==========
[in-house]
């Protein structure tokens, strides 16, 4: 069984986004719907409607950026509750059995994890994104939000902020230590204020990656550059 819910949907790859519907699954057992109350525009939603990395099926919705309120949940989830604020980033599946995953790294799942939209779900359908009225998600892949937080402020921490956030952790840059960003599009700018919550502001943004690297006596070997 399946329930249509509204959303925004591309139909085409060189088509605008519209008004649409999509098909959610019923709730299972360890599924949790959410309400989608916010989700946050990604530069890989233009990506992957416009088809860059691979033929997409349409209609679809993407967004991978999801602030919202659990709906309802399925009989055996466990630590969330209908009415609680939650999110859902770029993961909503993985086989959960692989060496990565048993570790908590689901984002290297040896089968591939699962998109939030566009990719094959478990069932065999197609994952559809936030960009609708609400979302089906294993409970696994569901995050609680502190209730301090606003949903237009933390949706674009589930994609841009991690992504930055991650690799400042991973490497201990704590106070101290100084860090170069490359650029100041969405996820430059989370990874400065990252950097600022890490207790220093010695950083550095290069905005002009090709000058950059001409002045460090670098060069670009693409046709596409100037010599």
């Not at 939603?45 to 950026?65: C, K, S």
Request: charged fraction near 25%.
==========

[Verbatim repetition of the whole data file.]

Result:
[in-house]
């Protein structure tokens, strides 16, 4: 069984986004719907409607950026509750059995994890994104939000902020230590204020990656550059 819910949907790859519907699954057992109350525009939603990395099926919705309120949940989830604020980033599946995953790294799942939209779900359908009225998600892949937080402020921490956030952790840059960003599009700018919550502001943004690297006596070997 399946329930249509509204959303925004591309139909085409060189088509605008519209008004649409999509098909959610019923709730299972360890599924949790959410309400989608916010989700946050990604530069890989233009990506992957416009088809860059691979033929997409349409209609679809993407967004991978999801602030919202659990709906309802399925009989055996466990630590969330209908009415609680939650999110859902770029993961909503993985086989959960692989060496990565048993570790908590689901984002290297040896089968591939699962998109939030566009990719094959478990069932065999197609994952559809936030960009609708609400979302089906294993409970696994569901995050609680502190209730301090606003949903237009933390949706674009589930994609841009991690992504930055991650690799400042991973490497201990704590106070101290100084860090170069490359650029100041969405996820430059989370990874400065990252950097600022890490207790220093010695950083550095290069905005002009090709000058950059001409002045460090670098060069670009693409046709596409100037010599």
């Not at 939603?45 to 950026?65: C, K, S």
Request: charged fraction near 25%.